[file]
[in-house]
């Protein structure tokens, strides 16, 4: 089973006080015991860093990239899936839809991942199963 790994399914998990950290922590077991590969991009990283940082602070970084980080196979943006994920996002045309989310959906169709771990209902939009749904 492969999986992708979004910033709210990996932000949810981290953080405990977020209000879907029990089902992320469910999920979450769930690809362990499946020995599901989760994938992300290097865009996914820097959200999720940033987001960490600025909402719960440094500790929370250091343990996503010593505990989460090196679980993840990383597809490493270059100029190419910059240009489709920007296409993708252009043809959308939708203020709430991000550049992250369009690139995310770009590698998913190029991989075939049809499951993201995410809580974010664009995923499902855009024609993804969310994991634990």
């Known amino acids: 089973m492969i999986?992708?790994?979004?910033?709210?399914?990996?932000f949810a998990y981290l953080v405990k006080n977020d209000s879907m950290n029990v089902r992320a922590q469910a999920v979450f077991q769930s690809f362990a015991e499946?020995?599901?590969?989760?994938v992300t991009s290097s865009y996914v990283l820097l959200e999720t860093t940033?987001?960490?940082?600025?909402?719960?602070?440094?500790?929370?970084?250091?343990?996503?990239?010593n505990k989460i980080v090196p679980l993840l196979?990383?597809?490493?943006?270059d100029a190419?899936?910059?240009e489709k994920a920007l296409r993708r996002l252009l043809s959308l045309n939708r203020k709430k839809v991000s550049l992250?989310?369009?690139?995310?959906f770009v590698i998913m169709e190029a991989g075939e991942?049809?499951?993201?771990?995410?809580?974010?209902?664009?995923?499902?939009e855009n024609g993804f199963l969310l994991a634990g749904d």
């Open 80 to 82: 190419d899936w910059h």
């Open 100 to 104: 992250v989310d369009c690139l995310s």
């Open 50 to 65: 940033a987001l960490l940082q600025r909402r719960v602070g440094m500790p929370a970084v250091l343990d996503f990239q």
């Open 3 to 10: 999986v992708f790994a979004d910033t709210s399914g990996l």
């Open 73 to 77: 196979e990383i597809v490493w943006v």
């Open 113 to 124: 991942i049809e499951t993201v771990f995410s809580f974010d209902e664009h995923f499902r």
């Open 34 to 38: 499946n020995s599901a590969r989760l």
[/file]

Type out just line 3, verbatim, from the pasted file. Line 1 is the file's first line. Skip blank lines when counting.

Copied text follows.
């Known amino acids: 089973m492969i999986?992708?790994?979004?910033?709210?399914?990996?932000f949810a998990y981290l953080v405990k006080n977020d209000s879907m950290n029990v089902r992320a922590q469910a999920v979450f077991q769930s690809f362990a015991e499946?020995?599901?590969?989760?994938v992300t991009s290097s865009y996914v990283l820097l959200e999720t860093t940033?987001?960490?940082?600025?909402?719960?602070?440094?500790?929370?970084?250091?343990?996503?990239?010593n505990k989460i980080v090196p679980l993840l196979?990383?597809?490493?943006?270059d100029a190419?899936?910059?240009e489709k994920a920007l296409r993708r996002l252009l043809s959308l045309n939708r203020k709430k839809v991000s550049l992250?989310?369009?690139?995310?959906f770009v590698i998913m169709e190029a991989g075939e991942?049809?499951?993201?771990?995410?809580?974010?209902?664009?995923?499902?939009e855009n024609g993804f199963l969310l994991a634990g749904d």